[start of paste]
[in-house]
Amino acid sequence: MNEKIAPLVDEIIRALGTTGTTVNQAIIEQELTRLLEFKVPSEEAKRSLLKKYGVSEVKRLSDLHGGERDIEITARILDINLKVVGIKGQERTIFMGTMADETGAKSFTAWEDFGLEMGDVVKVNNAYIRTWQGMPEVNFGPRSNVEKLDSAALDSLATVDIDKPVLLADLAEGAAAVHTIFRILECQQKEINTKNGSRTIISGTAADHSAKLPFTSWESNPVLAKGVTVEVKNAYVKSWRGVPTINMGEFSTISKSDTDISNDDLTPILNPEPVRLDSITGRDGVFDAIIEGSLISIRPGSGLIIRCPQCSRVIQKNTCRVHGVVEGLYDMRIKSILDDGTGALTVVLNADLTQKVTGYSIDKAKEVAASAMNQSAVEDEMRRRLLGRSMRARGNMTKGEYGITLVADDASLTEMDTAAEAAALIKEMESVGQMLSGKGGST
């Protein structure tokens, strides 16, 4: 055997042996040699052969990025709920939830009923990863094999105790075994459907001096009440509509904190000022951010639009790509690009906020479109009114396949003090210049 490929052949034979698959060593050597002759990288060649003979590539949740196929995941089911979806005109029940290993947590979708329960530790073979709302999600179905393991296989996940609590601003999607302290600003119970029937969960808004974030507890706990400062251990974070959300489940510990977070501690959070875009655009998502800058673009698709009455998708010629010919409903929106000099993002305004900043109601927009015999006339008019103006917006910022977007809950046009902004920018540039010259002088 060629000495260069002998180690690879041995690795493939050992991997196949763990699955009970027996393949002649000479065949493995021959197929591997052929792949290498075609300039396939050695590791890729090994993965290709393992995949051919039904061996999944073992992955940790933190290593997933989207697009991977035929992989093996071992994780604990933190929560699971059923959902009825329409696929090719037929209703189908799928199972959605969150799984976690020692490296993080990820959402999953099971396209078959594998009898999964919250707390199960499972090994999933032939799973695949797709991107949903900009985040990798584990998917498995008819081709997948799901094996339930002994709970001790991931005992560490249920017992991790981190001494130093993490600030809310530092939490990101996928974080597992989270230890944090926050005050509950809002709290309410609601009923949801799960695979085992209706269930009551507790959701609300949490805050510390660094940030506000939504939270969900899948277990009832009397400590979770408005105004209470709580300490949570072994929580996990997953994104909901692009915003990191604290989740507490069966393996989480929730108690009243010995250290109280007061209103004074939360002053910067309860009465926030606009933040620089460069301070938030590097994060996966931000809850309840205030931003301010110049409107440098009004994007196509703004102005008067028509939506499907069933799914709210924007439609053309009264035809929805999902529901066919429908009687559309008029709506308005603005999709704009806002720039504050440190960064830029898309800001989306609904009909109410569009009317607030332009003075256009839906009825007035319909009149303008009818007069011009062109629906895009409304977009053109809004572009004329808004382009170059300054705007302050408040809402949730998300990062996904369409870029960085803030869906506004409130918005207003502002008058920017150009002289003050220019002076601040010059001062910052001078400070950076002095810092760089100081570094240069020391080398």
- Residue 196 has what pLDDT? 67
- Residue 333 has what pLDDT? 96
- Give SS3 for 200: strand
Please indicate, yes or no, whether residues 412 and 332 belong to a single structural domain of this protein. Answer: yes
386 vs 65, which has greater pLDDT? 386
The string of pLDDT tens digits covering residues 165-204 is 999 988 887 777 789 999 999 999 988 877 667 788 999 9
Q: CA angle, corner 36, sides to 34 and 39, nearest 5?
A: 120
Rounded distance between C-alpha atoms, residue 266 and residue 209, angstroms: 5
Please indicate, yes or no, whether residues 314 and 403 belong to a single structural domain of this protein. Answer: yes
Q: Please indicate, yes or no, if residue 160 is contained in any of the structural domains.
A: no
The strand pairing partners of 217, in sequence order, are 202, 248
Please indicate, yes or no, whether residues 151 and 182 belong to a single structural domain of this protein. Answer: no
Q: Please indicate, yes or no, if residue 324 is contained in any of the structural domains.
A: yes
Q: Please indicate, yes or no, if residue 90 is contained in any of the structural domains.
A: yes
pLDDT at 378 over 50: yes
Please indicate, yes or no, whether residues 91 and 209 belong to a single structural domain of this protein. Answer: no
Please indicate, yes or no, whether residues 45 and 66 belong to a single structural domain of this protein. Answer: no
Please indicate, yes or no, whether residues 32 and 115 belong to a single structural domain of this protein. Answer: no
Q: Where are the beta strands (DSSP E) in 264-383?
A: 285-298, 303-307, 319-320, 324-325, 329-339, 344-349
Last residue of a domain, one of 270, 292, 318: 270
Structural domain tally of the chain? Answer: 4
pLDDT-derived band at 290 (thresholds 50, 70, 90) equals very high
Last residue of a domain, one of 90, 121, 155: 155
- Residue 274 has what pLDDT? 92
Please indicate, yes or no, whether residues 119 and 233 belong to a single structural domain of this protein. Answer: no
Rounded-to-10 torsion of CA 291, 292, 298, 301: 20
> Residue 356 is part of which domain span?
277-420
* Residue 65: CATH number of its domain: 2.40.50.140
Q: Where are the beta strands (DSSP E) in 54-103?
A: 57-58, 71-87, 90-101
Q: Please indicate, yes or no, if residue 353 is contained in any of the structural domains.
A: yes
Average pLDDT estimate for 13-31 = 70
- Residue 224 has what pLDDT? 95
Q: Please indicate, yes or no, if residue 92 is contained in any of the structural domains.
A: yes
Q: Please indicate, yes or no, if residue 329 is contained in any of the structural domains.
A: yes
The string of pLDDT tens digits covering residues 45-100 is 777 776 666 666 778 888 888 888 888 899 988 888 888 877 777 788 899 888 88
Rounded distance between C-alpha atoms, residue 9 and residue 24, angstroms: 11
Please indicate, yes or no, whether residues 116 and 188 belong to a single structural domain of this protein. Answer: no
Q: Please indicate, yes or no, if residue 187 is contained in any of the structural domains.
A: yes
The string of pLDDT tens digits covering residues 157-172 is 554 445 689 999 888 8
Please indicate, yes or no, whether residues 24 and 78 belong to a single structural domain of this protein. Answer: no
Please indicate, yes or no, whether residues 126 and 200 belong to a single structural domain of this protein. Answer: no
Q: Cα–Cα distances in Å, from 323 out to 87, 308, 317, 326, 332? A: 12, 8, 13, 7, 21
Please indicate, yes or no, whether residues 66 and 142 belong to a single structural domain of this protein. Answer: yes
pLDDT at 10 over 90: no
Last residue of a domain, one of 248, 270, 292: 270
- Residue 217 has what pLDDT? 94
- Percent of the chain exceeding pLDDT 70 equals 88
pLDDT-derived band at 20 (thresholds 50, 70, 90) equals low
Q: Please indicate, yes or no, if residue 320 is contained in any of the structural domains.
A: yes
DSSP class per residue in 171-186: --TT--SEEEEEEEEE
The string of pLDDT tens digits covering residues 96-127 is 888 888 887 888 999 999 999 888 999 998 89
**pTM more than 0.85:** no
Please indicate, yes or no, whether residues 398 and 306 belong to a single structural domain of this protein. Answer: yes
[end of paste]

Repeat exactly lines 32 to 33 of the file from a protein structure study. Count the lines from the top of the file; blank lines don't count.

- Residue 274 has what pLDDT? 92
Please indicate, yes or no, whether residues 119 and 233 belong to a single structural domain of this protein. Answer: no